Saturday, April 14, 2012

Flow on OS X

I keep looking for flow / zone while working. Any interruption in my workflow will break my "flow state" and will drain my energy quickly.

However when I am in the zone, things will flow smoothly, I can look ahead and  spot potential bugs, I will get new ideas, better optimizations, I can write better blog posts or difficult emails - it is like being in a meditative state - I am the happiest at this point - it is a beautiful and calming feeling - a zen like state and it leaves me refreshed and I can keep working at this state the entire day.

Ever since I moved to OS X Lion I was always looking for ways to make my workflow smooth - so it fits in my flow and does not disturb it. I kept trying various options till I hit on the best combination to keep me moving without any slow downs or distractions.

Here is how I started :

Different Spaces / Virtual Desktop 

I kept creating a few spaces like the Virtual Desktops I used to have in Ubuntu - a primary development area, communication, music and others. But to switch from one application in a space to another space - I had to do 3 clicks - one to invoke Mission Control and then to click on the space and again invoke Mission Control to find that application in that space. Something was not right - an Alt Tab would have been faster and easier.

But why not Alt-Tab

However Alt Tab has a few problems - once I do Alt-Tab I have to keep tabbing and stop at the right application - energy is being wasted. If I have multiple windows open I cannot go directly to the one I am looking for. If I have to see if a job is completed, or a page has loaded - have to do too many unnecessary switches and every time keep coordinating my eye and hand to stop at the right Application Icon when tabbing. Tiring.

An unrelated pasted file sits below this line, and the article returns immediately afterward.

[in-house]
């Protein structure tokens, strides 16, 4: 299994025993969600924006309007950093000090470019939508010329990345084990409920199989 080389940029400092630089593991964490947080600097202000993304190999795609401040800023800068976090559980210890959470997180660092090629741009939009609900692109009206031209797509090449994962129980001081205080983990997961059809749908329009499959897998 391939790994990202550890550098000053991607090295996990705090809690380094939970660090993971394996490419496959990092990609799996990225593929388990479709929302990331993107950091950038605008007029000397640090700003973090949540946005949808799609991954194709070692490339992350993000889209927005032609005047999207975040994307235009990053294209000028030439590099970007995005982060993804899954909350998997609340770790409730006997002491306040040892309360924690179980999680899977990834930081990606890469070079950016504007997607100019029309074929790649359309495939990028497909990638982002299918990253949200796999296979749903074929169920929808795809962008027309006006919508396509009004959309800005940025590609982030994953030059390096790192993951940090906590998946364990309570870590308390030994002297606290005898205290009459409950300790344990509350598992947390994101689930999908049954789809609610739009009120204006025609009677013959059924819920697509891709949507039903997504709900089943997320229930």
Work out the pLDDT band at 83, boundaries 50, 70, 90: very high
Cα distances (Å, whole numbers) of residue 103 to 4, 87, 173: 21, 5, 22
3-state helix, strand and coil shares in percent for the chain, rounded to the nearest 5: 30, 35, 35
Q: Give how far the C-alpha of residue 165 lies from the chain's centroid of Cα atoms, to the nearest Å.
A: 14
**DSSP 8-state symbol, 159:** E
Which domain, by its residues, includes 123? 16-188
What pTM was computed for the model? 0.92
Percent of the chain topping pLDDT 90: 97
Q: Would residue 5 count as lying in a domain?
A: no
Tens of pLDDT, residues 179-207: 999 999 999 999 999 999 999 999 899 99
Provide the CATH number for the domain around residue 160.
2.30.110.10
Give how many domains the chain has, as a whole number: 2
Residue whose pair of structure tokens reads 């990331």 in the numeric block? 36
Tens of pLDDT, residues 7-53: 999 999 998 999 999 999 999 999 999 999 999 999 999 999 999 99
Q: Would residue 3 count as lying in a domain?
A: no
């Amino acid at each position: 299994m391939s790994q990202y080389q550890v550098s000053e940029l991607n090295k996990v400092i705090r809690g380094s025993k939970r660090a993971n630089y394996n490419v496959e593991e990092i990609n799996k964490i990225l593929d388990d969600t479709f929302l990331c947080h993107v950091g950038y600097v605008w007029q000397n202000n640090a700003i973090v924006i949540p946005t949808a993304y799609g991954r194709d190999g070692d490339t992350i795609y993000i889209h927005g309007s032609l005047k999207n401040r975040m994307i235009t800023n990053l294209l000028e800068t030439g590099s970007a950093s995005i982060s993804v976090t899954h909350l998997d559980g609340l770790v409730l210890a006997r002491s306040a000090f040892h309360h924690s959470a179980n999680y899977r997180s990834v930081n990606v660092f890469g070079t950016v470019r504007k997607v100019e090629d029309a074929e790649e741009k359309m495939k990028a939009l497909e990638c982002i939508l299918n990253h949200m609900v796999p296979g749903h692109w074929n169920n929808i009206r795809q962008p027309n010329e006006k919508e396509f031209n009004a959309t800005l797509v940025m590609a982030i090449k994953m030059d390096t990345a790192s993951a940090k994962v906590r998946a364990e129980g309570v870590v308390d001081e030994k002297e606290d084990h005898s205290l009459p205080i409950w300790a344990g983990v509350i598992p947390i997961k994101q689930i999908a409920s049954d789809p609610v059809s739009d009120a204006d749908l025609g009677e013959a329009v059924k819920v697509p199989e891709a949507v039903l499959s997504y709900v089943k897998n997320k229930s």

Here is the simple elegant solution I stumbled upon.


Enter Full Screen

Whenever an application runs in Full Screen it occupies a Space by itself. It solved my switching problem beautifully.

This is how my desktop looks in Mission Control / Expose.


The first space is my primary work area where most of the Applications live. The rest of the spaces to the right are all full screen apps. It is lovely to have a full screen of terminal - with tabs.  Having mail full screen is also wonderful - when I write an email my entire attention is on that mail.

When I have to switch an App, I invoke Mission Control and I can go to any app with two clicks - one to invoke Mission Control and one to select the Application Window. When I am in the Terminal app I start a job ( hehe.. ex Mainframer ) I switch to Mail to type my email and now and then invoke mission control again to see if the job is complete.

Other things that help me in my flow :

Quick Look

I am so used to quick look that now I find it very hard to use Windows. Any attachments in email, or when I want to quickly look up an excel or a PPT - I can look at it instantly without waiting for a big application to load and show its fancy splash screen. Also these Apps do not stay in memory hogging precious RAM ( even though OS X's philosophy says it doesn't matter in my experience it does matter - having too many open unused Apps does slow down the machine )

Magic Mouse with Better Touch Tool

I actually bought this Apple Mouse on a whim. Felt guilty initially for having sunk so much money on a mouse. However my guilt is all gone now - it so well fits in with the OS and my flow. Two taps - it invokes Mission Control, swipe down fast - I go to the end of the page, swipe left I switch spaces to the left. I have become so fluent in switching between Applications or navigating within an Application I do not notice any more.

Less Distractions in Full Screen

When I am in full screen Mail - an Instant Message comes - it pops up once and then goes away.  No Application can pull me away from what I am doing. The tool bars, icons all go away leaving just my content.

Yep - as the old adage says : Mac for Productivity.

Thank you Apple Engineers - OS X Lion is lovely. Please do not spoil it in the next release.



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